Featured Research

from universities, journals, and other organizations

Genetics Reveals Big Fish That Almost Got Away

Date:
August 21, 2008
Source:
Wildlife Conservation Society
Summary:
A new species of fish has been discovered -- a grouper that reaches more than six feet in length and can weigh nearly 1,000 pounds. This newly discovered species can be found roaming the tropical reefs of the Eastern Pacific Ocean.

A new genetic study by the University of Hawaii, the Wildlife Conservation Society, and others has found that there are two species of goliath grouper instead of one.
Credit: Rachel Graham/Wildlife Conservation Society

Researchers from the University of Hawaii, the Wildlife Conservation Society, Smithsonian Tropical Research Institute, National Marine Fisheries Service and Projecto Meros do Brazil discovered a new species of fish—a grouper that reaches more than six feet in length and can weigh nearly 1,000 pounds. This newly discovered species can be found roaming the tropical reefs of the Eastern Pacific Ocean.

Was the massive fish hiding among the corals and sea grass to evade marine biologists? No, it was just a case of mistaken identity, as explained in a recent genetic study in the journal Endangered Species Research.

It turns out that goliath in the Atlantic—which inhabit the tropical waters of the Americas and western Africa—are not the same groupers that swim in Pacific waters, even though they look identical.

"For more than a century, ichthyologists have thought that Pacific and Atlantic goliath grouper were the same species, and the argument was settled before the widespread use of genetic techniques. The genetic data were the key to our finding: two species, one on each side of the isthmus.," said Dr. Matthew Craig of the Hawaii Institute of Marine Biology, lead author of the study.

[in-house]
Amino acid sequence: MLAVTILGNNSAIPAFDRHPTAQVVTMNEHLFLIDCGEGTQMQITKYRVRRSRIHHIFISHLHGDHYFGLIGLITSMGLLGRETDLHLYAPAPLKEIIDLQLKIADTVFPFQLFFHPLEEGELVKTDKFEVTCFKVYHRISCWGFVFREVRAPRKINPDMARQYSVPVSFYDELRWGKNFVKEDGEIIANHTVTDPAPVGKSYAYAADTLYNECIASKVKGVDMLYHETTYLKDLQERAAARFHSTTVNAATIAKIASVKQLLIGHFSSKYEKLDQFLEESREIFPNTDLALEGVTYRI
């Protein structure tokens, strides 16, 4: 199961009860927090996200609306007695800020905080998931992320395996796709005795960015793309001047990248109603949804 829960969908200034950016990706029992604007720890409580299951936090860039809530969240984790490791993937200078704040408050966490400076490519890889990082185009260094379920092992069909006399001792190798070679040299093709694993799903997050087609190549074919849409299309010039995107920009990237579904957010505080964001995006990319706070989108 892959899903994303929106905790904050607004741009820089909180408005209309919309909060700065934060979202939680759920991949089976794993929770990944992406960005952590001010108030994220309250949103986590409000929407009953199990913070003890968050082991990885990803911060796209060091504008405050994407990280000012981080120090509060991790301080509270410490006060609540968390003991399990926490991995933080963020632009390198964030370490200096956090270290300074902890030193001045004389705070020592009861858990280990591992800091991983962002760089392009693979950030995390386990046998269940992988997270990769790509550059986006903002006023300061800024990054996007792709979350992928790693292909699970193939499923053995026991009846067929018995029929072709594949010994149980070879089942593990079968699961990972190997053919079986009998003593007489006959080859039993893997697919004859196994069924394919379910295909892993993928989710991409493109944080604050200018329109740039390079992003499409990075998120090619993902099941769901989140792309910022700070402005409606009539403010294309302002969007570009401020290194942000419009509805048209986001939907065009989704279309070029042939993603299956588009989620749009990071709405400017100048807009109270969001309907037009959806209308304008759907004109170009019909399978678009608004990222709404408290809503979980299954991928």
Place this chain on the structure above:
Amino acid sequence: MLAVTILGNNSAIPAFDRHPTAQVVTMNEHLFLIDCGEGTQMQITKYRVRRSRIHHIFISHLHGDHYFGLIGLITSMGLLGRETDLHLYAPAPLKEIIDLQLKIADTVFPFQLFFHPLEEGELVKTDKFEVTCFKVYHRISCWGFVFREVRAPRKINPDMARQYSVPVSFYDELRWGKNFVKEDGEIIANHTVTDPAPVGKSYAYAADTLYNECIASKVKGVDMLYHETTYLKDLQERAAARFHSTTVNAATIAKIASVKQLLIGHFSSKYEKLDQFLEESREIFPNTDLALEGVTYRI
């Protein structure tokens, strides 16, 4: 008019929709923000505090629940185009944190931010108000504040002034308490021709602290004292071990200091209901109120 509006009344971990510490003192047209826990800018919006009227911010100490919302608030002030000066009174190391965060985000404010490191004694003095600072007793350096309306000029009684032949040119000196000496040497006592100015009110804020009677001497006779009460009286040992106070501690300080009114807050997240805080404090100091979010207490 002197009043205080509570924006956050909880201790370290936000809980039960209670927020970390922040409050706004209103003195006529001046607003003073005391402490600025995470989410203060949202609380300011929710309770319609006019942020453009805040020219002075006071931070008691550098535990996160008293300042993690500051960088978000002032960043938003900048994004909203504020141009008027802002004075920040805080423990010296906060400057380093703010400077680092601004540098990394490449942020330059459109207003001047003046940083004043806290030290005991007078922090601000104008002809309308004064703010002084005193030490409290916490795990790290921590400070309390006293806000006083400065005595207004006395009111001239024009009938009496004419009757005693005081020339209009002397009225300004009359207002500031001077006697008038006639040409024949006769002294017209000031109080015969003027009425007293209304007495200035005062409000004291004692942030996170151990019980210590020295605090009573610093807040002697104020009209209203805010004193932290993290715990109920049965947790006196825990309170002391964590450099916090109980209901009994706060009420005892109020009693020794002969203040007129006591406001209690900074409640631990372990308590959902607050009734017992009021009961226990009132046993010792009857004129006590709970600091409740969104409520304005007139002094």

Because the two populations of grouper are identical in body form and markings, they were both considered part of the same species: Epinephelus itajara. About three-and-a-half million years ago—before the Caribbean and the Pacific became separated by present-day Panama—they were the same species.

Since that time, the two populations have evolved into genetically distinct populations. While testing the hypothesis that Pacific and West Atlantic grouper were the same species, the research team found significant differences in the DNA from both populations. The differences indicate that the two populations have effectively evolved into two separate species after being separated from one another by Central America. The new Pacific species is now classified as Epinephelus quinquefasciatus. E. itajara is currently listed as critically endangered to extinction in the World Conservation Union's Red List of Endangered Species of Fauna and Flora. Due to its scarcity, E. quinquefasciatus may also be considered critically endangered.

"In light of our new findings, the Pacific goliath grouper should be treated with separate management and conservation strategies," said WCS researcher Dr. Rachel Graham, a co-author on the study and convener of the first International Symposium on Goliath grouper which provided the impetus for this highly collaborative study.


Story Source: